This lesson covers the Griffith theory of brittle fracture, which explains the energy conversion from strain energy to surface energy during the crack operation. It further delves into the concept of energy conversion being irreversible in thermodynamics. The lesson also discusses the critical load capacity of a component and how it can be calculated using the given formula. It provides examples to illustrate the application of Griffith’s theory in selecting materials for rocket motor cases. The lesson also introduces the Irwin Orowan Modification of Griffith theory, which caters to some amount of plastic deformation during crack propagation. It concludes with the application of the stress intensity factor approach in design and safety assessment.

- The Griffith theory of brittle fracture explains the energy conversion from strain energy to surface energy during the crack operation.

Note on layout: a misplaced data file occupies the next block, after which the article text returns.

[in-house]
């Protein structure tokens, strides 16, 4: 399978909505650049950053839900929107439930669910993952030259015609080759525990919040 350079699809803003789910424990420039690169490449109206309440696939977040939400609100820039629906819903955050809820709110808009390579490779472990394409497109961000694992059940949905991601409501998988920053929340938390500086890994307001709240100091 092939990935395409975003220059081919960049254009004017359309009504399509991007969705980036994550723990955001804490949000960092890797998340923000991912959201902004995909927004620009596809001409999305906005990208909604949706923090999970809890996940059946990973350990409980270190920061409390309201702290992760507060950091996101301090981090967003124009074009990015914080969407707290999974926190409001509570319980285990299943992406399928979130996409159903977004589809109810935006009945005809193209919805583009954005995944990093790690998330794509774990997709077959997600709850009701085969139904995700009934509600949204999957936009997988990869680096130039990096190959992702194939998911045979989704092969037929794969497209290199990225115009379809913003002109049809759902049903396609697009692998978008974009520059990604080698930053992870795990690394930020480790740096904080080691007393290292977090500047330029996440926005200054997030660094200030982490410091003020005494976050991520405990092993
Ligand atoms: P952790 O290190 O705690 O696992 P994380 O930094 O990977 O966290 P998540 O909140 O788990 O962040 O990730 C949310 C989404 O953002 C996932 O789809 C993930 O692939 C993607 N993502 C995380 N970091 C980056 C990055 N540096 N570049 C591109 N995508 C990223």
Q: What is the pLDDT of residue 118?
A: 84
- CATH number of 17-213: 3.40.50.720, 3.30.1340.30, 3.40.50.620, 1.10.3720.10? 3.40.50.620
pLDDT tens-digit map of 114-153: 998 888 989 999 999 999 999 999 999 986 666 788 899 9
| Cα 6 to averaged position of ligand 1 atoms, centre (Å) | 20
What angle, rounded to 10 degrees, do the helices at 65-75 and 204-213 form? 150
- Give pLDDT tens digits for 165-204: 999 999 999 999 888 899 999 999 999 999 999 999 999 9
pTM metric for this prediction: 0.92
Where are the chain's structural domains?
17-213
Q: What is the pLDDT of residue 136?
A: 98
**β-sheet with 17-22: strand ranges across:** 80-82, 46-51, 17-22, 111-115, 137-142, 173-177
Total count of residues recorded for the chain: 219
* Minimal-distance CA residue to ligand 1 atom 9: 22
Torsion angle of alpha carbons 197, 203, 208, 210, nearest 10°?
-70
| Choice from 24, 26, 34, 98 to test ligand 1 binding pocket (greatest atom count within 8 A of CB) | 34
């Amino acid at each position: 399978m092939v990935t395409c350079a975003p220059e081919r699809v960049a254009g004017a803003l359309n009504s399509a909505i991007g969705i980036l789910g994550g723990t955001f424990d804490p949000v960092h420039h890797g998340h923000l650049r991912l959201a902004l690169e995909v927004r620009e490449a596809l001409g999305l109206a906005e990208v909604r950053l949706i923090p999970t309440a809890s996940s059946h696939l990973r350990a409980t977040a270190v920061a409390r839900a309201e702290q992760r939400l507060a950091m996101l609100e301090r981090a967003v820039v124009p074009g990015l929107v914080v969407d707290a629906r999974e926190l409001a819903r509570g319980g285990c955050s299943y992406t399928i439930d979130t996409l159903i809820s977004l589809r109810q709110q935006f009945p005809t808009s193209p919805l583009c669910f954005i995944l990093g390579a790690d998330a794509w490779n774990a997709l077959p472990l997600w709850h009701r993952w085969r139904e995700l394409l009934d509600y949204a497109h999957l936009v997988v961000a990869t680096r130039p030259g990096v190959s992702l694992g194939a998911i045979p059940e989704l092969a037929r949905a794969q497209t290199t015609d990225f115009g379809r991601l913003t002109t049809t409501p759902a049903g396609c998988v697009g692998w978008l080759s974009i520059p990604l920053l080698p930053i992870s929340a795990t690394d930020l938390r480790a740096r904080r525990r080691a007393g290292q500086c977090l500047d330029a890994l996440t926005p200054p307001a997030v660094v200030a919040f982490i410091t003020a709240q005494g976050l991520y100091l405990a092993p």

- The energy conversion is irreversible in thermodynamics.
- The critical load capacity of a component can be calculated using the given formula.
- The Irwin Orowan Modification of Griffith theory caters to some amount of plastic deformation during crack propagation.
- The stress intensity factor approach can be applied in design and safety assessment.

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